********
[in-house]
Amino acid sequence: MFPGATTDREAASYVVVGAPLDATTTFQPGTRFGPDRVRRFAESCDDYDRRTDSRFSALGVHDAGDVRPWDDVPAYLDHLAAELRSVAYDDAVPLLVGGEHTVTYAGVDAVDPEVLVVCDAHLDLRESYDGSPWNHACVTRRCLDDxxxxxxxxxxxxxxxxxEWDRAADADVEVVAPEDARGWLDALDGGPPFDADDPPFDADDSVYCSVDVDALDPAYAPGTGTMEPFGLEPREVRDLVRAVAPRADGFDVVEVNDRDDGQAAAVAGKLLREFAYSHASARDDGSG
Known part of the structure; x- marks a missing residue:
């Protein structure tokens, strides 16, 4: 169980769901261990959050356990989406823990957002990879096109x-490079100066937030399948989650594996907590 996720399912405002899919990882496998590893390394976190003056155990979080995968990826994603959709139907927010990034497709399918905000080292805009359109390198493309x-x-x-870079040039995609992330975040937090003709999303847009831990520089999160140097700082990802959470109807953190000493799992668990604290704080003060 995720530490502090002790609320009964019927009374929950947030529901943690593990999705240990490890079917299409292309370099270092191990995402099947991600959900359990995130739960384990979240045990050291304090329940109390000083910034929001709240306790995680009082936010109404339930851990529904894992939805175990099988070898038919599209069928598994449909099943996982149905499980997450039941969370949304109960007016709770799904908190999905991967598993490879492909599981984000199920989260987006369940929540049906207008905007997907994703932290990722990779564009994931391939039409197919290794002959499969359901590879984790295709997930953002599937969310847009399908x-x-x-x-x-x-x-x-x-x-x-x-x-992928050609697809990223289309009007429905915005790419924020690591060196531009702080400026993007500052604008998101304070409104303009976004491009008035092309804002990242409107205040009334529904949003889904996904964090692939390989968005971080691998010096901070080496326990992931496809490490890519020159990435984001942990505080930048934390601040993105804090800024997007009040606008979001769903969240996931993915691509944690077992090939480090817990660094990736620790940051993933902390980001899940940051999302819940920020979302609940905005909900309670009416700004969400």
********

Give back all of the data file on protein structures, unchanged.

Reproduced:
[in-house]
Amino acid sequence: MFPGATTDREAASYVVVGAPLDATTTFQPGTRFGPDRVRRFAESCDDYDRRTDSRFSALGVHDAGDVRPWDDVPAYLDHLAAELRSVAYDDAVPLLVGGEHTVTYAGVDAVDPEVLVVCDAHLDLRESYDGSPWNHACVTRRCLDDxxxxxxxxxxxxxxxxxEWDRAADADVEVVAPEDARGWLDALDGGPPFDADDPPFDADDSVYCSVDVDALDPAYAPGTGTMEPFGLEPREVRDLVRAVAPRADGFDVVEVNDRDDGQAAAVAGKLLREFAYSHASARDDGSG
Known part of the structure; x- marks a missing residue:
């Protein structure tokens, strides 16, 4: 169980769901261990959050356990989406823990957002990879096109x-490079100066937030399948989650594996907590 996720399912405002899919990882496998590893390394976190003056155990979080995968990826994603959709139907927010990034497709399918905000080292805009359109390198493309x-x-x-870079040039995609992330975040937090003709999303847009831990520089999160140097700082990802959470109807953190000493799992668990604290704080003060 995720530490502090002790609320009964019927009374929950947030529901943690593990999705240990490890079917299409292309370099270092191990995402099947991600959900359990995130739960384990979240045990050291304090329940109390000083910034929001709240306790995680009082936010109404339930851990529904894992939805175990099988070898038919599209069928598994449909099943996982149905499980997450039941969370949304109960007016709770799904908190999905991967598993490879492909599981984000199920989260987006369940929540049906207008905007997907994703932290990722990779564009994931391939039409197919290794002959499969359901590879984790295709997930953002599937969310847009399908x-x-x-x-x-x-x-x-x-x-x-x-x-992928050609697809990223289309009007429905915005790419924020690591060196531009702080400026993007500052604008998101304070409104303009976004491009008035092309804002990242409107205040009334529904949003889904996904964090692939390989968005971080691998010096901070080496326990992931496809490490890519020159990435984001942990505080930048934390601040993105804090800024997007009040606008979001769903969240996931993915691509944690077992090939480090817990660094990736620790940051993933902390980001899940940051999302819940920020979302609940905005909900309670009416700004969400």